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New project shines light on deaths in custody around the world

Media release

The global stories of Indigenous and refugee deaths in custody will be told using visual media as part of an innovative international research project being launched this month.

Installation 'Call Them Home' by Marziya Mohammedali commemorates the known and unknown casualties of Australia’s border protection policies. Credit: Michelle Bui

The Deathscapes project documents custodial deaths in Australia, the United States of America, Canada, the United Kingdom and Europe through visual art, personal testimonies and critical analysis.

Project chief investigator John Curtin Distinguished Professor Suvendrini Perera, from Curtin’s School of Media, Creative Arts and Social Inquiry, said the Deathscapes project analysed and raised awareness of deaths in custody.

“With the ultimate aim of ending deaths in custody, the Deathscapes project maps custodial deaths across Australia, the United States of America, Canada, the United Kingdom and Europe,” Professor Perera said.

“Shared via the website, the project aims to better understand the complexities of these deaths by seeking new ways of documenting them and gaining an insight into how people all over the world respond to contemporary racialized violence.

“It avoids the dehumanising language of official inquiries, instead drawing on visual, poetic and narrative media to ensure the humanity of their personal story is captured and recorded.”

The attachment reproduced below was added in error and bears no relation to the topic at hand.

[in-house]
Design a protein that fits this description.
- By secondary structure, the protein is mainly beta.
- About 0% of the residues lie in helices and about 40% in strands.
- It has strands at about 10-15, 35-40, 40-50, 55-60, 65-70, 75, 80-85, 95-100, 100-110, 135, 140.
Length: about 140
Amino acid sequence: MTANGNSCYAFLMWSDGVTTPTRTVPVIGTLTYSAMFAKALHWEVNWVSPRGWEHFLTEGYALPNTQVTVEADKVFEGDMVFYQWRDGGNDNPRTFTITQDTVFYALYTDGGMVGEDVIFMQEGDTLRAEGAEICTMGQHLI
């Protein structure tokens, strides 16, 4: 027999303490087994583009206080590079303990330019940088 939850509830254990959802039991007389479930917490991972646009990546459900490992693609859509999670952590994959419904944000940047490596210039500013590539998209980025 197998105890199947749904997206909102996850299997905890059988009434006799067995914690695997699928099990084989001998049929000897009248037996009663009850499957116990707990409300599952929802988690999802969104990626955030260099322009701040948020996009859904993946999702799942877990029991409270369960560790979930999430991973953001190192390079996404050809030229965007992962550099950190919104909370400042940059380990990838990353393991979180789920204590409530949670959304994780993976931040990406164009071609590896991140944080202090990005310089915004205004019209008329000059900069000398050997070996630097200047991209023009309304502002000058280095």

The project will be launched at the Deathscapes Symposium, held in Sydney on February 16.

Speakers at the event include prominent Indigenous academics and commentators, Curtin Senior Indigenous Research Fellow Hannah McGlade and Professor of Indigenous Studies Bronwyn Carlson, from Macquarie University.

They will be joined by Walkley Award-winning artist Safdar Ahmed, Victorian Premier’s Literary Award winner and human rights advocate Behrouz Boochani and Victorian Premier’s Literary Award-nominated poet Alison Whittaker.

Award-winning film-maker Saba Vasefi’s latest short film will premiere at the event, while artist Ryan Presley will be the keynote speaker.

The Deathscapes project is funded by the Australian Research Council. In addition to Professor Perera, its chief investigator is Professor Joseph Pugliese from Macquarie University, with partner investigators at the University of Illinois at Urbana-Champaign and Goldsmiths College, London.

The Deathscapes Symposium will be held at The Settlement, 17 Edward Street, Darlington, from 9.30am to 2pm on February 16, 2019. More information is here.